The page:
The Powder House at Earlshill is the smallest and most interesting building still standing in the Slieveardagh Coalfield.
In 1844 The Mining Company of Ireland acquired the rights to mine coal in the central deposits of the Slieveardagh Coalfield leasing both Earlshill and Ballyphilip collieries from the local landowner Mr Ambrose Going of Ballyphilip House. It was 20 years since their first lease had been acquired at Mardyke in the southern end of the coalfield and 10 years since they had started work at the northern end of the coal field at Foilacamin and The Commons. Access to more of the rights and the central area allowed the company to develop the coalfield in an organised way. In addition to steam pumping engines to remove water from the mines they opened underground drainage tunnels or adits. The biggest advantage of an adit is once it is kept clear of any debris the water drains 24/7, while a steam engine has to be manned, fuelled and kept running to remove water from the workings. When adits are worked in combination with pumps water can be drawn up to the underground level and let off away from the colliery site, here much of the water drained away was channelled out to Ballynonty mill pond where turned the mill wheel at Brady’s corn mill. Today a steady flow of water still exits the adit at Ballynonty.
Earlshill is believed to have employed the most men at any given time during the 19th Century in the Slieveardagh Coalfield and the spoil heaps still at the site confirm that there was a great amount of material extracted here. By the second half of 1845 a shaft had been sunk to 44yds or 40.2m. In 1848 Earlshill was the most productive mine in the area as there was a high coal:culm ratio mined from this seam. Along with Mardyke Colliery it was giving a large part of the Mining Company of Ireland’s total production in the coalfield. During the famine years sales dropped but by 1850-52, the stockpile of coal and culm had been cleared.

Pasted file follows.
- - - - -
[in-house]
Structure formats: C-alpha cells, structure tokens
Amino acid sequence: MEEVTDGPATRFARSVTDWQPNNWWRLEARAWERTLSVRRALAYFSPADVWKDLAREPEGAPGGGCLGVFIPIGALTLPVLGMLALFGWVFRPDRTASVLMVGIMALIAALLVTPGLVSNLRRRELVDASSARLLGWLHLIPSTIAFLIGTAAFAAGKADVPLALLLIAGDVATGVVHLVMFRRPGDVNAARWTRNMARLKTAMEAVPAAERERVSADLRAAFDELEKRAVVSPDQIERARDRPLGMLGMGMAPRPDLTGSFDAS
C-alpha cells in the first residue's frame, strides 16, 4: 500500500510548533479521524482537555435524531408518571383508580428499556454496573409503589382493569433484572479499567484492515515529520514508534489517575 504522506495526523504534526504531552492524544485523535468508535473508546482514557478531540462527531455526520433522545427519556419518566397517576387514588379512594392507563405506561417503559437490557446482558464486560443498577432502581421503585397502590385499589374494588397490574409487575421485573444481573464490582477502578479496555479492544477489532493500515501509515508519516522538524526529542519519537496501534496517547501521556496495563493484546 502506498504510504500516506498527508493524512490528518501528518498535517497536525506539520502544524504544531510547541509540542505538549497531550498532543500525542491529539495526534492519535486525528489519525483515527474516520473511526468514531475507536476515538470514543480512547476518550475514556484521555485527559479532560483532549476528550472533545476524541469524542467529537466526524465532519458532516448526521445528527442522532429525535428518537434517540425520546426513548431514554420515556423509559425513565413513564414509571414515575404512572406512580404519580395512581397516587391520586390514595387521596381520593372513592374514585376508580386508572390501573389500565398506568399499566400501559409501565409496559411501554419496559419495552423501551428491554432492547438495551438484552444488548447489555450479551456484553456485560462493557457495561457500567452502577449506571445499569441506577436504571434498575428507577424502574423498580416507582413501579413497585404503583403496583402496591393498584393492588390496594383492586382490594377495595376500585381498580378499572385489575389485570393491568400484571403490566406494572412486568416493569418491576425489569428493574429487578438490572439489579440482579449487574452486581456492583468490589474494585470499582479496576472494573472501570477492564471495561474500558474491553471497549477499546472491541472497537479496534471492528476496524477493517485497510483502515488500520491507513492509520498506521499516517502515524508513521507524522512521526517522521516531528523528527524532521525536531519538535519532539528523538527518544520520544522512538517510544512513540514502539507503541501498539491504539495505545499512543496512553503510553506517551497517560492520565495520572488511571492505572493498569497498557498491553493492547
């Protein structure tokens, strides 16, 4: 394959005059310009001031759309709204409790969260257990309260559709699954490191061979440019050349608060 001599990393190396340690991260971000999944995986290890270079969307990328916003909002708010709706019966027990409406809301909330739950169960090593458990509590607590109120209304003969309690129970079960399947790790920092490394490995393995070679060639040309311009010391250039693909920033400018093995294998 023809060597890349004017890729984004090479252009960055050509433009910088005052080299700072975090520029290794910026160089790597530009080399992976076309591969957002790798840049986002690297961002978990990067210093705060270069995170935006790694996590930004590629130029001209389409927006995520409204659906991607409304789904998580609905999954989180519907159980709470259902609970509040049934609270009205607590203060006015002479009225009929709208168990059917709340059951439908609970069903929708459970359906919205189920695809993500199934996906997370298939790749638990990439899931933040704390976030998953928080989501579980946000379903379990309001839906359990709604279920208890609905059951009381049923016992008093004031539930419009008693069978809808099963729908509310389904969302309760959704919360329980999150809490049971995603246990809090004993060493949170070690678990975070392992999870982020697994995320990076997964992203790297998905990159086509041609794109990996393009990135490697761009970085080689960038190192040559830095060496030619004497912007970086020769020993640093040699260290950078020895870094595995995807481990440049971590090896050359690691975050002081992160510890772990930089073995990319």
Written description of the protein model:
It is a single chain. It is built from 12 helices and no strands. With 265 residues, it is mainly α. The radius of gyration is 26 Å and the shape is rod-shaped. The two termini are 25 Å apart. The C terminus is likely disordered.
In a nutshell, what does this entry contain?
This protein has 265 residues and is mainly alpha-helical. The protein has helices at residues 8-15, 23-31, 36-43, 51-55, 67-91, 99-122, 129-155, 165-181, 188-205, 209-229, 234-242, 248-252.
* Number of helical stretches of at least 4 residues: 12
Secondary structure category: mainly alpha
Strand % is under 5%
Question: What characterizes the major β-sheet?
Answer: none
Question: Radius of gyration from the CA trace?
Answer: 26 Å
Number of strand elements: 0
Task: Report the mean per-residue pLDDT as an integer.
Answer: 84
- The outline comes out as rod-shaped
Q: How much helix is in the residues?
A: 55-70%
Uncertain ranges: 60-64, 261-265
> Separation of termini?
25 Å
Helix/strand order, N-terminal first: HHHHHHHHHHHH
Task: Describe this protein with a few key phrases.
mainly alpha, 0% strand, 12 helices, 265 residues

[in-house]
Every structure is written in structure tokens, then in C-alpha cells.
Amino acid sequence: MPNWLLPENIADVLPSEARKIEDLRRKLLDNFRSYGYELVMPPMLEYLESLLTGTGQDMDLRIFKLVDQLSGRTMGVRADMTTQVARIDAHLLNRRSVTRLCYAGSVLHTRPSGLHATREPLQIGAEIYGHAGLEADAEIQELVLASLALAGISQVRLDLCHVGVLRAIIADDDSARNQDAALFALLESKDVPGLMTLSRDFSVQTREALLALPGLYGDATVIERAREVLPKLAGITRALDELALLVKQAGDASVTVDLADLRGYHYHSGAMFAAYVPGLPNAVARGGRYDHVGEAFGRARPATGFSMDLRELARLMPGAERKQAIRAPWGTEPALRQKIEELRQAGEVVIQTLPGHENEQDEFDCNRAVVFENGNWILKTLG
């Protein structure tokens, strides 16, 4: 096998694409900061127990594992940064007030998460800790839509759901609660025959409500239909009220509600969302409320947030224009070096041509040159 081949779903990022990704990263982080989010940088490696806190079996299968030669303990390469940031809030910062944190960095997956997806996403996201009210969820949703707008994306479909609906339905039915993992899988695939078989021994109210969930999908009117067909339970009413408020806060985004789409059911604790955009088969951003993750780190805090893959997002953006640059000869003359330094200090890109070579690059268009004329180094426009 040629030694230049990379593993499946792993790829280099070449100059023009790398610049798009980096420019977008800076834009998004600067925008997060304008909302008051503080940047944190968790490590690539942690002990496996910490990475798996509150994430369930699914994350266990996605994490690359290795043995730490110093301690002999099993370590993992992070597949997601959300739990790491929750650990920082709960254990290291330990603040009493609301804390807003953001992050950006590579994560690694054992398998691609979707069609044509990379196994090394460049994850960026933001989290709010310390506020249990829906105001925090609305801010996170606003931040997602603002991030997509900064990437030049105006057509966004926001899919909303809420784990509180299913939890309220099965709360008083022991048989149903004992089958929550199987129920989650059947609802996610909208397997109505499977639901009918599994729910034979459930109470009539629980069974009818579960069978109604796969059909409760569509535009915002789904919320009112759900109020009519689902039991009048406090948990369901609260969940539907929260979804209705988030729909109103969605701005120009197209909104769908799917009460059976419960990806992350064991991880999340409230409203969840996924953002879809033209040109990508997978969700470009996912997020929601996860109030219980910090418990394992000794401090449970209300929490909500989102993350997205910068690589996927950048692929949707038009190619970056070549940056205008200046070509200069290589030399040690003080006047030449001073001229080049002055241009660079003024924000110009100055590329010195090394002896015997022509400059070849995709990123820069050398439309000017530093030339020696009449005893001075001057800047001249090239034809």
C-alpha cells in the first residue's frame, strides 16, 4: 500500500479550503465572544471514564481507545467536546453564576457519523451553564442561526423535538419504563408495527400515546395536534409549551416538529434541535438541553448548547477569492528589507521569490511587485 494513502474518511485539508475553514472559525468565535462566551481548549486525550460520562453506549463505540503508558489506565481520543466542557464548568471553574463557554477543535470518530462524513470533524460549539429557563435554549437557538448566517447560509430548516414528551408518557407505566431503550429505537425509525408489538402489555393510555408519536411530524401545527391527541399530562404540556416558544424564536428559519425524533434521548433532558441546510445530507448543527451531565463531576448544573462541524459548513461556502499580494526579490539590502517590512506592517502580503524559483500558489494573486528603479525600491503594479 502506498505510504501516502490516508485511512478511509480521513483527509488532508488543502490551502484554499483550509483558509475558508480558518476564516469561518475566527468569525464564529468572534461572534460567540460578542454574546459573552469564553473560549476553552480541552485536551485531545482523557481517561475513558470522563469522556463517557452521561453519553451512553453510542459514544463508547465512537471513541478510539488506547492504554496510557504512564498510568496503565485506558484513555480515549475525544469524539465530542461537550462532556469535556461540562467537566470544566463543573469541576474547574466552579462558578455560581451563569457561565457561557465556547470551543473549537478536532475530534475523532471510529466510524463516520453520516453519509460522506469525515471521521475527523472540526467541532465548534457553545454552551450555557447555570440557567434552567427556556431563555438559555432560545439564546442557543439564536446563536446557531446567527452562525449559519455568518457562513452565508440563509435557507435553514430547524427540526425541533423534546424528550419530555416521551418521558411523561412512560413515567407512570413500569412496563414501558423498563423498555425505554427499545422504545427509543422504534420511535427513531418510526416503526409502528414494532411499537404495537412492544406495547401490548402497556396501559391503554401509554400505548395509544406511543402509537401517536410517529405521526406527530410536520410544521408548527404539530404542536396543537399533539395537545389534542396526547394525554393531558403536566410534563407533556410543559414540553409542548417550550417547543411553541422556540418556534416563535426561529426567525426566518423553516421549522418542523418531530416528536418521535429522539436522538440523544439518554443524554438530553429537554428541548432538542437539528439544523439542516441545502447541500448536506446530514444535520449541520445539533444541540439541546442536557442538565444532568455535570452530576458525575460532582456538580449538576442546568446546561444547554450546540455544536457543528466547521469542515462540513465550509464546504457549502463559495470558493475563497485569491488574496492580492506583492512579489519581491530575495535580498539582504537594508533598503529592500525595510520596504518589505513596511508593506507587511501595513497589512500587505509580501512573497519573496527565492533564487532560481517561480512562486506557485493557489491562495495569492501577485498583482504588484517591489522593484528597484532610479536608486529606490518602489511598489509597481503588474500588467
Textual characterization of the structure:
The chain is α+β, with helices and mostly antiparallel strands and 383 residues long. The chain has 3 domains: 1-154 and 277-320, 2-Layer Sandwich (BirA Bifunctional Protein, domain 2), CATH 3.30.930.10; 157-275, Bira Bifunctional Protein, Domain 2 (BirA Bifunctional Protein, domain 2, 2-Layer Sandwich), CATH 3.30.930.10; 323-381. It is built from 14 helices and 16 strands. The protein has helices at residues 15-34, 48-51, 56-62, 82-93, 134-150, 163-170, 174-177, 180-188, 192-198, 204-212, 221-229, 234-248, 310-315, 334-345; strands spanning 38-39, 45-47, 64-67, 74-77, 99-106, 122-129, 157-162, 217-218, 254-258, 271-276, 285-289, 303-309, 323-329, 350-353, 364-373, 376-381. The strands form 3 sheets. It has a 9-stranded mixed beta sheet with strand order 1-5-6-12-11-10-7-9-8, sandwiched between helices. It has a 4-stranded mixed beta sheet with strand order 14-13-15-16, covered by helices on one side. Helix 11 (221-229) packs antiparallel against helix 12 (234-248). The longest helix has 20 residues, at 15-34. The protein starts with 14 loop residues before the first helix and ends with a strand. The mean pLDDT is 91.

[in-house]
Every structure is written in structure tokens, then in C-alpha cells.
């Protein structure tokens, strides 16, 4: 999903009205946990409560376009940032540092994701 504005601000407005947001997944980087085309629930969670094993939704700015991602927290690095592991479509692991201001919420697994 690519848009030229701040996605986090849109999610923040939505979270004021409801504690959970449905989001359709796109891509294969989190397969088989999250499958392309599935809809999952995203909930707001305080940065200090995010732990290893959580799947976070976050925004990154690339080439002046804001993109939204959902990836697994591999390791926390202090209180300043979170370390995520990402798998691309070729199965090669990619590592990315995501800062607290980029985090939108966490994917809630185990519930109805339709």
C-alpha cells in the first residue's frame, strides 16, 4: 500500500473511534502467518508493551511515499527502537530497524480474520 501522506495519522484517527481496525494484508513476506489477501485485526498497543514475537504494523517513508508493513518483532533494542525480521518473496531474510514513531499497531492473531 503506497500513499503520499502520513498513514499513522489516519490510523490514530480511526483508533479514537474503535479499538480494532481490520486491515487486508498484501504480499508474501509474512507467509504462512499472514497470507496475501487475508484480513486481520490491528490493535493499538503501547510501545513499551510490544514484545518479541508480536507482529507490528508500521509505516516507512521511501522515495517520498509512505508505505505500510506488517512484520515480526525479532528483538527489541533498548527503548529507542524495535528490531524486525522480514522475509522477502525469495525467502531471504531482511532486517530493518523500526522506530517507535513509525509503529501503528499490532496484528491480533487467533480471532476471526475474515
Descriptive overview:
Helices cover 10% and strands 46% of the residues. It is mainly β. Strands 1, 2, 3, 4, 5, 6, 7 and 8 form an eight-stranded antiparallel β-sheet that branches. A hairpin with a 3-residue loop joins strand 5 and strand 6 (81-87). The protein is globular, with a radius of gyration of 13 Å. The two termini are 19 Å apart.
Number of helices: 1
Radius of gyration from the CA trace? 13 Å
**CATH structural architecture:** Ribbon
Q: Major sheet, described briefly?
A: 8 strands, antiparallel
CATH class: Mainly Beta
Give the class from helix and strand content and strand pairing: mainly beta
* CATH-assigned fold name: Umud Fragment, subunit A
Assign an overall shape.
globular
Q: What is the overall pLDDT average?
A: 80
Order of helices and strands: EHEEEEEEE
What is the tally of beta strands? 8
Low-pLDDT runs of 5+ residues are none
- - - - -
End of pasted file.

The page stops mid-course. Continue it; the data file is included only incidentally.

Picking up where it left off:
In 1853 a new engine was bought for Earlshill. There is no ruin of the engine house but we are told that the engines in the Slieveardagh Coalfield were used to raise water from deeper parts of the mines to the adits allowing the water to drain off away from the working areas.
The detailed abandonment plan map from 1886 show two extensive drainage adits at different levels, one at 50 yards and a newer one at 80 yards. The water was drained out along the adits initially to the ground at the eastern edge of the basin, the newer adit took the water in the direction of Glengoole and Lickfinn and out into Ballynunty mill pond.
The Earlshill Lease was for 42 years with the abandonment plans dated 1886.
There are two mine buildings still standing here, the stone powder house and a chimney.
The powder house at Earlshill is believed to be the last example of a Cornish Powder House or Magazine from any coal mining site anywhere in Ireland. The powder house, where the explosives were kept was always an important structure at a mine. It needed to be a secure waterproof building and if there was an accident with the explosives the stone building would hopefully reduce the damage caused by an explosion inside the building. This cylindrical stone corbelled roofed building is the last example of a Cornish powder house at any COAL mining site in Ireland, there is a similar one at Glengowla Mines in Connemara but it is thatched does not have a corbelled roof now, and there they mined silver and lead not coal.
The Chimney at Earlshill is cylindrical, it is believed that it was for ventilation of the workings below. The square indentations running up along it were where the wooden scaffolding that was used in its construction was anchored.
Michael ‘King’ Cleere aided by some animated cut out visualisations describes the notable features of Earlshill Colliery
All the mine sites are on private property and are not open to the public. Derelict buildings can be dangerous, please do not trespass.